“Advergames” a portmanteau of adverts and games, have been around for longer, and in more forms, than you might think, from Atari space-invader clones that promoted dental health, to first-person-shooters as a recruitment tool for the American military, advergames have a varied and long history. Despite being less mainstream than traditional advertising platforms, advergames are nonetheless subject to the same standards and codes as other advertisements, as the Advertising Standards Authority (ASA) has made clear.
Displaying advertising content within games has its own risks, and developers must ensure that the advertised content is appropriate in the same way that a website host would seek to control what was displayed in their ad space. By contrast, in advergames the game itself promotes a single product or brand which will often sponsor the development of the game. With external funding comes external influence and the advertiser may be involved in the design of the game to ensure it effectively promotes their brand. This third party involvement in development necessitates a more careful and early consideration of key issues, including the ownership and exploitation of the intellectual property rights in the game, and how it is managed in the future.
Aside from the challenges of working with a brand manager to create a game which is both engaging and an effective promotional tool, certain industries have to be cautious about which audiences their games reach. A 2014 report from the University of Bath stated that children as old as 15 do not recognise advergames as adverts, and are unconsciously influenced by them. The market for advergames has grown alongside the explosion in availability of smartphones and tablets, as simple games (with a low development cost) have become increasingly popular. The bright and attractive design of advergames, coupled with children’s access to (and literacy in) technology mean that children are easily exposed to advertising content which they will not recognise as being promotional.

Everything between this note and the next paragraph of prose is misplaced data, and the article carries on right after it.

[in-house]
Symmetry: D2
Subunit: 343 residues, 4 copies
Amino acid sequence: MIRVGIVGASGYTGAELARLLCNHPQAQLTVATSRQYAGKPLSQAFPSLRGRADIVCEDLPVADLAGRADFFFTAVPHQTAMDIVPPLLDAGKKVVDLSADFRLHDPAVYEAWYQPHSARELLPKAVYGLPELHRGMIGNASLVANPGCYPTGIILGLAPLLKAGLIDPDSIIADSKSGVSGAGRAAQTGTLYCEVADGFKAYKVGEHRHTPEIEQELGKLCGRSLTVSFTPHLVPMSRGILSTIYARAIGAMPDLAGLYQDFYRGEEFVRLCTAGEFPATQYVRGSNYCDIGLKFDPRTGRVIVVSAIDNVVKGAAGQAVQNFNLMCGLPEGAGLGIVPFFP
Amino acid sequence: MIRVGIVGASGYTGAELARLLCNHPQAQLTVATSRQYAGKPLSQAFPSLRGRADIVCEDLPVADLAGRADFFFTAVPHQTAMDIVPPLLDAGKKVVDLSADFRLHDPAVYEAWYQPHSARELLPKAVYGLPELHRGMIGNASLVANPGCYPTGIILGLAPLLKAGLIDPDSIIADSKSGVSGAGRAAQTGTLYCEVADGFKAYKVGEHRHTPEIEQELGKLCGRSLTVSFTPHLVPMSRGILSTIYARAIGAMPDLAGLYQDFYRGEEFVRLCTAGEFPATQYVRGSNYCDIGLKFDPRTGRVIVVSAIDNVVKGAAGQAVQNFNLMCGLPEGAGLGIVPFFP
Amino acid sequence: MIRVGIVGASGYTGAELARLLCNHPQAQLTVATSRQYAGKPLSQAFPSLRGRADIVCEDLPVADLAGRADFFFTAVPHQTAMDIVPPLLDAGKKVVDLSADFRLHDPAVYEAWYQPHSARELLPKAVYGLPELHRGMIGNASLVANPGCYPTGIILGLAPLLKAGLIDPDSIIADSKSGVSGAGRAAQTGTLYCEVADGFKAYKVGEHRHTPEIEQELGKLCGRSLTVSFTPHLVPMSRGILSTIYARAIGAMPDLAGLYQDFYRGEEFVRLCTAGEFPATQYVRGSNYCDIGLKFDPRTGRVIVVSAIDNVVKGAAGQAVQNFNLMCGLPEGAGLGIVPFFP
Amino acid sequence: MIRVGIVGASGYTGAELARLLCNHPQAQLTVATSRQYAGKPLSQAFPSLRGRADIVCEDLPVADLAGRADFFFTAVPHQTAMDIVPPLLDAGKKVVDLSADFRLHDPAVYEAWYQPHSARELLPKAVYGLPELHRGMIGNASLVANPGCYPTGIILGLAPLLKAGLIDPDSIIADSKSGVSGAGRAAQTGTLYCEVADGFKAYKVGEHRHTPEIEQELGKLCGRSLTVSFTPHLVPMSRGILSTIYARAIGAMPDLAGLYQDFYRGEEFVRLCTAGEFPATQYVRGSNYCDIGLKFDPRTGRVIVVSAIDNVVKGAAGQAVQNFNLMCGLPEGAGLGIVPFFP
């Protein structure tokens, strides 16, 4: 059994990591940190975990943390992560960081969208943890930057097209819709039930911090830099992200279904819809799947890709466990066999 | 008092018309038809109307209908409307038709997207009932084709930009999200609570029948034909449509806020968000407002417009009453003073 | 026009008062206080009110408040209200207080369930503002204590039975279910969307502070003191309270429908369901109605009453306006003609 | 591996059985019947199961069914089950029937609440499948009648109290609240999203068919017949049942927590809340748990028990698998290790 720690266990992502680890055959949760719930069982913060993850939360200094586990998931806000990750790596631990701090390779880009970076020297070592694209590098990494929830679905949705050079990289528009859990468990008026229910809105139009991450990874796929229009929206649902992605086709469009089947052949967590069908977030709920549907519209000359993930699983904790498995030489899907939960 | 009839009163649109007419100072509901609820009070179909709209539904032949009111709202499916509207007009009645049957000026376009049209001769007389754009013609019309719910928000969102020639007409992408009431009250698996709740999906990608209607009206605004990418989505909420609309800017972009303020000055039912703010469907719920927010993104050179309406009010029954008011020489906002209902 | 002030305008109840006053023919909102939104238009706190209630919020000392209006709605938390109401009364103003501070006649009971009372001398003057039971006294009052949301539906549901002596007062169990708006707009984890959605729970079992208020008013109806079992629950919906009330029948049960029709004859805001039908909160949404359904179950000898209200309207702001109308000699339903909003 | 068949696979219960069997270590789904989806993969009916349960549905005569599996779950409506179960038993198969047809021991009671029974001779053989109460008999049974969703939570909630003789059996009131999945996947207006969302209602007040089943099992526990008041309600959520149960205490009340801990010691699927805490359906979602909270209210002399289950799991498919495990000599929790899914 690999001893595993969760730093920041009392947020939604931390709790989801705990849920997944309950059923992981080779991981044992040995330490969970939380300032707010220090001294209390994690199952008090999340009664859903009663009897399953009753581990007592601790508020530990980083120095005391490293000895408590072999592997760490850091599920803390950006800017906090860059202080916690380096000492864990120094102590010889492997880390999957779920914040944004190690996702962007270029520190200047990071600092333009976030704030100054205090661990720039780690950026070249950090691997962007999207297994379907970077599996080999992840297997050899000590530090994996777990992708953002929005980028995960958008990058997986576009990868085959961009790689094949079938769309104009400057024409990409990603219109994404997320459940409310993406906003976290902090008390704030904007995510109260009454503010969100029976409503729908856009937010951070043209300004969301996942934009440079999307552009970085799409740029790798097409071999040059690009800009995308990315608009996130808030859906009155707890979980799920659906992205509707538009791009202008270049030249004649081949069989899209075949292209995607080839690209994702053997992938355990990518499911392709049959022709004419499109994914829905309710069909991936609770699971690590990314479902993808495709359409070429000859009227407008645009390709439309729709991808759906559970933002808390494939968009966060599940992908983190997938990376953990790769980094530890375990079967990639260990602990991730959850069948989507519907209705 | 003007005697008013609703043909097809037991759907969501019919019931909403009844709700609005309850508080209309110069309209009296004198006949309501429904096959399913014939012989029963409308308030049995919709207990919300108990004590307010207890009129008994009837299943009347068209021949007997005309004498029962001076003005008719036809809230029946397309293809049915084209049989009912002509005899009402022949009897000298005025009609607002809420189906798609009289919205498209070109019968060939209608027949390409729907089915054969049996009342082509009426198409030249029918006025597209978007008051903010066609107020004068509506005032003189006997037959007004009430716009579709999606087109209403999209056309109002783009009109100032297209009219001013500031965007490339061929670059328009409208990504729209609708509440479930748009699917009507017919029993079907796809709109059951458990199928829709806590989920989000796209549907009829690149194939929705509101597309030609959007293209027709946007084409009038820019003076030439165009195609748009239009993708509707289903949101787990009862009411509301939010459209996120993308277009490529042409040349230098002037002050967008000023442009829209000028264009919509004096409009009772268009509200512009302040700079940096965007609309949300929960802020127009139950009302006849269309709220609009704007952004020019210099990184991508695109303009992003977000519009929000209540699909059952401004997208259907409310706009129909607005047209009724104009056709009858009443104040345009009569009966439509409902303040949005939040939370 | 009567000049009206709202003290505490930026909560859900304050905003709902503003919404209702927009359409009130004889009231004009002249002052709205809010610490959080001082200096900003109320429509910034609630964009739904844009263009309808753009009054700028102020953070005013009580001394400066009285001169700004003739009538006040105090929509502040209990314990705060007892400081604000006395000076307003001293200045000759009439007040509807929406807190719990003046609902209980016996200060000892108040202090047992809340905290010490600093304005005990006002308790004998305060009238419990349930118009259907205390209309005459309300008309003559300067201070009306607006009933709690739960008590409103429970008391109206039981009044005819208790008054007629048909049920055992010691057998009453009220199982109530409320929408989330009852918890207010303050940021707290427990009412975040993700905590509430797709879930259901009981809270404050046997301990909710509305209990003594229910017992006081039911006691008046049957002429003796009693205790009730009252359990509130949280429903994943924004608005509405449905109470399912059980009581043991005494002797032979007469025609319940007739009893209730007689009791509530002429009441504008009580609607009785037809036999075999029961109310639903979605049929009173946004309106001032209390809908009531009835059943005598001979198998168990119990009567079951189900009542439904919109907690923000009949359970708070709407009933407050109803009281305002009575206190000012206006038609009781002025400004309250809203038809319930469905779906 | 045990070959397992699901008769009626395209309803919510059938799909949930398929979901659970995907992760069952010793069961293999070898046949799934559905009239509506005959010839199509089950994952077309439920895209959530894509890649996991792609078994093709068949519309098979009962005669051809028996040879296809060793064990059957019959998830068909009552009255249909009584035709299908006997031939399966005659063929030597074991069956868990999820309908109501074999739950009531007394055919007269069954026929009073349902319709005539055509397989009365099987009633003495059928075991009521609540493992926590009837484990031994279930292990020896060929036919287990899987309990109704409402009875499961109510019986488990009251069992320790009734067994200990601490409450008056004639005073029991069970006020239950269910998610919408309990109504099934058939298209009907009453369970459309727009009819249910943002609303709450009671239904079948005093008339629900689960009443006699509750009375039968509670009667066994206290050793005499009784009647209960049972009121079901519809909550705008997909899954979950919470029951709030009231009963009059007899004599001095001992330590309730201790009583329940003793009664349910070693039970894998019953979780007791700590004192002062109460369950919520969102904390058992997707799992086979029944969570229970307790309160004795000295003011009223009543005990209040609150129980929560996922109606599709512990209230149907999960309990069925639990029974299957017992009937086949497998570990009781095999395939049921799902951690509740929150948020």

One key reason for all this concern is that advergames are widely used to promote high salt, sugar and fat (HSSF) food and drink products. The report mentioned above focused specifically on these products, and the most notable ASA decision regarding advergames also focused on the promotion of HSSF products. Swizzels Matlow, the confectionary manufacturer, featured a game on their website in which a character rushed around collecting sweets and avoiding angry parents. The ASA considered that this was aimed at children and encouraged eating an unhealthy number of sweets whilst hiding that fact from one’s parents. Another set of games which featured Scooby Doo breached an ASA rule that food advertisements targeted directly at pre-school or primary school children could not include licensed character or celebrities popular with children. Swizzels Matlow were told to remove the games, and may have been left cursing that they would have gotten away with it if it weren’t for that meddling ASA.
Advertisers then must be careful, as not only are advergames subject to the usual rules regarding adverts, but the mechanics of the game itself will be subject to scrutiny. Swizzels Matlow may not have intended to promote hiding sweet consumption from one’s parents, but the ASA ruled that this was the effect of their game. One solution for advertisers is to limit the scope of their game’s audience through age verification (as Krave cereal did by using a game to market towards Facebook users whose profile information indicated that they were 16 or over). The fundamental message, however, is that the same level of consideration must go into the production of advergames as any other media. While other brands may deliberately push the boundaries of the ASA, and appreciate the controversy, the same cannot be said for HSSF product manufacturers.